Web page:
I learned about this through a friend who saw this got slashdotted. I seldom listen to rock music, because I need to concentrate on readings most of the time. In addition, rock music is not the type for my office. I don’t want Professor Malone to knock on my door to complain. But this album is very nice, without the free download, I would have never come across this band.
In his blog, Jeff Lin, wrote:
Record labels will cling to and fight for old models because that’s all they know (and change is always frightening). But there’s no reason why artists should be limited to just that model. Part of this experiment is to see/demonstrate that doing things in this manner can work, that it is a viable option — both artistically and economically.
I hope they can be successful, not just because of the great music, but also because of the big leap in faith.
I have done some research on music distribution in late 2001/2002, I dropped the project because the technology was not ready for big changes. I even had a proposal of distributing music through P2P framework. I can see that some music labels are experimenting some similar ideas. These are all very encouraging, maybe it is time to look again at this issue now…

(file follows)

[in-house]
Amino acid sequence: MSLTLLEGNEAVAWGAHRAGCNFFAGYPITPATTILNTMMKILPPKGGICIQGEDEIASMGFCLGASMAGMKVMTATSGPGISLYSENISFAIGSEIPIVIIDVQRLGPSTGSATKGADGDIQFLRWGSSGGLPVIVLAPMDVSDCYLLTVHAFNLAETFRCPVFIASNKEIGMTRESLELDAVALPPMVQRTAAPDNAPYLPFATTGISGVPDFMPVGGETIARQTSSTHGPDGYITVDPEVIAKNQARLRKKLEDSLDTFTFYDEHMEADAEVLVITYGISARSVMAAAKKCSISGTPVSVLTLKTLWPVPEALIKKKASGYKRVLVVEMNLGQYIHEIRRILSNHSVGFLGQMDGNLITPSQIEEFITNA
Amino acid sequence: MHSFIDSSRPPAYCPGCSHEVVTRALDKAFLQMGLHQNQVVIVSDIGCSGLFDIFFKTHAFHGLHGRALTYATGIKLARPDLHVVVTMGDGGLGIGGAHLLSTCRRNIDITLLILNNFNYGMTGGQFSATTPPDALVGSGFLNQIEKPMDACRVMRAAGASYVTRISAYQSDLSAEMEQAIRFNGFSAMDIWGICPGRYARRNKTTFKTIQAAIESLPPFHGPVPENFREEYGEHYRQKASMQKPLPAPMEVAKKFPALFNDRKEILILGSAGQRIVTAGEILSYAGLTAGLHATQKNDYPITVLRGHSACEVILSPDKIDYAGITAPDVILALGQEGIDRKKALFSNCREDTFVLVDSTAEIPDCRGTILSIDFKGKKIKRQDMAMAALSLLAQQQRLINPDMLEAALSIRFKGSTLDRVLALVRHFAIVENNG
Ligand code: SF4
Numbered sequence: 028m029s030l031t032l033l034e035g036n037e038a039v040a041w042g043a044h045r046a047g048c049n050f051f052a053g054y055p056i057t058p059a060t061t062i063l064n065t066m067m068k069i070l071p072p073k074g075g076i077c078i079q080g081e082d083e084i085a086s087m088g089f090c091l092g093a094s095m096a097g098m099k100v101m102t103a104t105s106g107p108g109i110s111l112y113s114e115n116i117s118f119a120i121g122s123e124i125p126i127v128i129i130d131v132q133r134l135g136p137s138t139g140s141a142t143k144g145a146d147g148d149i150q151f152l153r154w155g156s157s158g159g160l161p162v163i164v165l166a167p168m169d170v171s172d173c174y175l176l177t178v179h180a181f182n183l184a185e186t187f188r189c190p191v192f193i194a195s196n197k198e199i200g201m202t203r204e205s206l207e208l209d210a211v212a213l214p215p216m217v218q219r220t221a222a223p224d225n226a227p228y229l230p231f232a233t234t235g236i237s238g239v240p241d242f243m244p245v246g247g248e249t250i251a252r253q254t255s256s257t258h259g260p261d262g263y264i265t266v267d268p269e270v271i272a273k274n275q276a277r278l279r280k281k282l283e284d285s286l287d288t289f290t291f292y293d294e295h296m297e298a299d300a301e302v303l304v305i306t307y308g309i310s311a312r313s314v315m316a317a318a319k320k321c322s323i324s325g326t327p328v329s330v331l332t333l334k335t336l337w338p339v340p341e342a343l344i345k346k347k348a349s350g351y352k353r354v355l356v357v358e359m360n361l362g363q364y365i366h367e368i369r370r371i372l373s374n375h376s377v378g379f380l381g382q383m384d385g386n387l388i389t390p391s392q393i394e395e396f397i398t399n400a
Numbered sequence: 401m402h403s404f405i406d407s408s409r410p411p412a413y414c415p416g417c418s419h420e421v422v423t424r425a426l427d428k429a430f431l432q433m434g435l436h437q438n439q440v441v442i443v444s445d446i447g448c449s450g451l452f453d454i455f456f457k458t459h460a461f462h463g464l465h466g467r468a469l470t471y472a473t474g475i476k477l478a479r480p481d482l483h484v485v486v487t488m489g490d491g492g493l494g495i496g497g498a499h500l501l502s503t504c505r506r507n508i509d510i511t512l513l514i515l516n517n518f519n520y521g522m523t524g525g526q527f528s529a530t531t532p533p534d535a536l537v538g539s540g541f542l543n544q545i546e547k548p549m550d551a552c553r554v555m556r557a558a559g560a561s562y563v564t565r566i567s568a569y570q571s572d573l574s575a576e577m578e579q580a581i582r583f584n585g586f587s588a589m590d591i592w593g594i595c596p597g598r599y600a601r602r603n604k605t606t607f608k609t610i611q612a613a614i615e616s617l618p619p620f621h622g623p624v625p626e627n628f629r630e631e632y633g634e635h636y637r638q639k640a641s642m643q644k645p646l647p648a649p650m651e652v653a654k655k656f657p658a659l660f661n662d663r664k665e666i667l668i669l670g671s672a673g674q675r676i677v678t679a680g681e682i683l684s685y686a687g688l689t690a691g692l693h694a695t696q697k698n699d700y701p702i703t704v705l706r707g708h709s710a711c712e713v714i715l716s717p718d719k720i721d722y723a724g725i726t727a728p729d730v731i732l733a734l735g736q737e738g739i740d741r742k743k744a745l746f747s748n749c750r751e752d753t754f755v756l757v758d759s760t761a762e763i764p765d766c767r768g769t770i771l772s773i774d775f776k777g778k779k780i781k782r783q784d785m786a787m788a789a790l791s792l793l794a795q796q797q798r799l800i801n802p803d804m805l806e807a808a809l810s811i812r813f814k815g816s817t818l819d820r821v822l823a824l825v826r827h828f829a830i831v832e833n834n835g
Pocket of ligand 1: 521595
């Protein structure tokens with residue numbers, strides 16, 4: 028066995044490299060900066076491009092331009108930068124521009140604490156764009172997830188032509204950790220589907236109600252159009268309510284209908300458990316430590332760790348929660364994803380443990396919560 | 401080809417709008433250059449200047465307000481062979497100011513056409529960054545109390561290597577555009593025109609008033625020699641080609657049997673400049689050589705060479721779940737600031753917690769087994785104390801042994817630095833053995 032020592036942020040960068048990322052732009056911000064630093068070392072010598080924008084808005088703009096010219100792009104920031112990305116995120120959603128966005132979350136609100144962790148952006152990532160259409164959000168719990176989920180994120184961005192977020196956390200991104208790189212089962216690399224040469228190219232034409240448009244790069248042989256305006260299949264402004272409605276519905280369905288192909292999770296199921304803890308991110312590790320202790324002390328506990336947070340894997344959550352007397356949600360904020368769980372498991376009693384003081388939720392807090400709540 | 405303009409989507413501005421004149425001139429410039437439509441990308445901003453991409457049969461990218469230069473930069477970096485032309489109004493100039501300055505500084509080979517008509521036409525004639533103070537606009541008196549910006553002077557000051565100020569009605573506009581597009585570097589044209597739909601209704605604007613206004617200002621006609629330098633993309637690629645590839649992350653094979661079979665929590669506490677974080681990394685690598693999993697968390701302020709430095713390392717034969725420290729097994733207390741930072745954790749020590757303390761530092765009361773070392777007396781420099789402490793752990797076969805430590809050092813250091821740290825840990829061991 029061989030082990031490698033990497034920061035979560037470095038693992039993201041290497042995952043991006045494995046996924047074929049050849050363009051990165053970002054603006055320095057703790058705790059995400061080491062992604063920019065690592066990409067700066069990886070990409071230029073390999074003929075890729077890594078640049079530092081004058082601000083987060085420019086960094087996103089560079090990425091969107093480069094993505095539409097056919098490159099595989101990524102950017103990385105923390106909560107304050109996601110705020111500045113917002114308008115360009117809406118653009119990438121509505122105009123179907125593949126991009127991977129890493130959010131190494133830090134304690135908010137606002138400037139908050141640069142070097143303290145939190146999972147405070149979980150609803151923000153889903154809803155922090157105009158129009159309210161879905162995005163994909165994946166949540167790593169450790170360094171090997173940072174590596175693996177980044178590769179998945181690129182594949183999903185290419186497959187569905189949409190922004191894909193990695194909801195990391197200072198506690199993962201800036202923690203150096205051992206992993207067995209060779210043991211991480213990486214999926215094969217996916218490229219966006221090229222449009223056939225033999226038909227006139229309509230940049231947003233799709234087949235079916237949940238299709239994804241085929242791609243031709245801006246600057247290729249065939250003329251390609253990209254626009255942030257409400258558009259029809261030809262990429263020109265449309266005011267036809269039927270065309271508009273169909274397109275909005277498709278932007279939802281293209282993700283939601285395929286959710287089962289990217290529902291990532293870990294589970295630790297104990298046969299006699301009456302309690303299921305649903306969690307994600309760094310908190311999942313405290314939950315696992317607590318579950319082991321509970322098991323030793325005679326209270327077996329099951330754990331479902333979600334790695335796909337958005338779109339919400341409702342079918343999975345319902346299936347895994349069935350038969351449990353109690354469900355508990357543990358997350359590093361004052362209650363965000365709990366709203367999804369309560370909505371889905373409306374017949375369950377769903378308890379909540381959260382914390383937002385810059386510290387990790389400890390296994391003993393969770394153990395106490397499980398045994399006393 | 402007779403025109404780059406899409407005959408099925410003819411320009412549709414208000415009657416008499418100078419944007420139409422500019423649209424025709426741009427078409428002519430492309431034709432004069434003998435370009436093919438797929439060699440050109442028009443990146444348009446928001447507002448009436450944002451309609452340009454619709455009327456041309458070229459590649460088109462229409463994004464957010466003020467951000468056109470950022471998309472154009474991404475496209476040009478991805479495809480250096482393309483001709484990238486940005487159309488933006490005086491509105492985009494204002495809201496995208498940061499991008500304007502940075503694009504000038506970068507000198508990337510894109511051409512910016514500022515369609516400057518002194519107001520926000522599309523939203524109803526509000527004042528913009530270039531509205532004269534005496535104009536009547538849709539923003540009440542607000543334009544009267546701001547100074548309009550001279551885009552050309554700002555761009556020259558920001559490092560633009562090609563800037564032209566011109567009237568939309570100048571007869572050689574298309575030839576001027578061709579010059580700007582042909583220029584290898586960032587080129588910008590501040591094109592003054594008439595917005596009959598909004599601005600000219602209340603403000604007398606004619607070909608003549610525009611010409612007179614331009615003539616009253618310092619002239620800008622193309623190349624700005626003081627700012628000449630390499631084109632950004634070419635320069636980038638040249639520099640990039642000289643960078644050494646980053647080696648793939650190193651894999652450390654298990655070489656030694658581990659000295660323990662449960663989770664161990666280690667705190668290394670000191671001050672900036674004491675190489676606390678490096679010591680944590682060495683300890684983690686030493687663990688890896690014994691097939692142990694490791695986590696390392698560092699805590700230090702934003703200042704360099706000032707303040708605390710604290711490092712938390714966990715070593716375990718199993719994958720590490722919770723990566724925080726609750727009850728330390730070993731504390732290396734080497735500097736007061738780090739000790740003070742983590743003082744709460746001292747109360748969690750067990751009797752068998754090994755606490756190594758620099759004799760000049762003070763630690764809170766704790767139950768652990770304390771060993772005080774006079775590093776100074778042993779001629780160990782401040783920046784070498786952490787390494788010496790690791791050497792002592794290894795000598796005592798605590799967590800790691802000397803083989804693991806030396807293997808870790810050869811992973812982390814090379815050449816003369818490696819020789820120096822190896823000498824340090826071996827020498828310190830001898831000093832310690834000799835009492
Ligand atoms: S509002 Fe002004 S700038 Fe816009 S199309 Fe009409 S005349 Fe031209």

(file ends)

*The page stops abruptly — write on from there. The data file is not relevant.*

There are quite a few models out there to experiment “selling” “free” content online. In 2000, Stephen King released a few chapters of his novel and said if he can get enough payment online (on average $1 per download), he will be releasing the rest part. He did not get enough money in the end. Recently, there is an online game design website that released a very well designed game system (a 6-page manual about how to play the game). They did it because they have received enough donation (about $600, as I can remember), they will be exploring that model in the future for their future releases. (they call it ransom model http://www.danielsolis.com/meatbot/)
To me, these types of pricing model are destined to fail because people like to free ride. They give no incentive at all for people to pay the money.
Harvey Danger’s experiment is different, though. I certainly believe that there will be people donating money (it is much easier to donate small amount of money now than about 5 years ago). But I doubt the donation would ever cover the cost ($30,000). The real value should lie in the word-of-mouth associated with the release of the album.